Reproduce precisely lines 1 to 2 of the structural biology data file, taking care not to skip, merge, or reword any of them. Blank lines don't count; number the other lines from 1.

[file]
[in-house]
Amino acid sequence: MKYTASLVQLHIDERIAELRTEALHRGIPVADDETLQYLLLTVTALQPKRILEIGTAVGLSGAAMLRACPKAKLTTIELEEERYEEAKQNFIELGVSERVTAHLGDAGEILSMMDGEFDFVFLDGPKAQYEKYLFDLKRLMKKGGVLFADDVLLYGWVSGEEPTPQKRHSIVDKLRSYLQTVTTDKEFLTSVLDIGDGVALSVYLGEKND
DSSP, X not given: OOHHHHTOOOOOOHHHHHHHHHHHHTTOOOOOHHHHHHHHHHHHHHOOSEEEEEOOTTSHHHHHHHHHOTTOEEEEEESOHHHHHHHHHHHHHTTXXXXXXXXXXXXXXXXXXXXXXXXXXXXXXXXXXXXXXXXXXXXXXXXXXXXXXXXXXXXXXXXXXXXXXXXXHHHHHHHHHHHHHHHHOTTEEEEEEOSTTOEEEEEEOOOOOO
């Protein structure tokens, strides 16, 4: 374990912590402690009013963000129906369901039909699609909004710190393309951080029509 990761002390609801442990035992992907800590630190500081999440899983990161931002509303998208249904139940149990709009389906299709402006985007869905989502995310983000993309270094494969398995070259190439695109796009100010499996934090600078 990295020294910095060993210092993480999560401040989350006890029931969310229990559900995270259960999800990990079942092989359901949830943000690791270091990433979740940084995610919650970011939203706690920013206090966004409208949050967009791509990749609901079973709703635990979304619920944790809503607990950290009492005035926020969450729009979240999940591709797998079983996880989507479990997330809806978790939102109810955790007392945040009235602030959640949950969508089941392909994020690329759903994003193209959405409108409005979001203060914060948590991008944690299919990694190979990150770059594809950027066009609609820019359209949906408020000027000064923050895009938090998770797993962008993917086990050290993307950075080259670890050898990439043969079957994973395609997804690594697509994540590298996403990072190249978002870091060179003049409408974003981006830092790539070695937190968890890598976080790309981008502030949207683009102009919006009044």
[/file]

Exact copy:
[in-house]
Amino acid sequence: MKYTASLVQLHIDERIAELRTEALHRGIPVADDETLQYLLLTVTALQPKRILEIGTAVGLSGAAMLRACPKAKLTTIELEEERYEEAKQNFIELGVSERVTAHLGDAGEILSMMDGEFDFVFLDGPKAQYEKYLFDLKRLMKKGGVLFADDVLLYGWVSGEEPTPQKRHSIVDKLRSYLQTVTTDKEFLTSVLDIGDGVALSVYLGEKND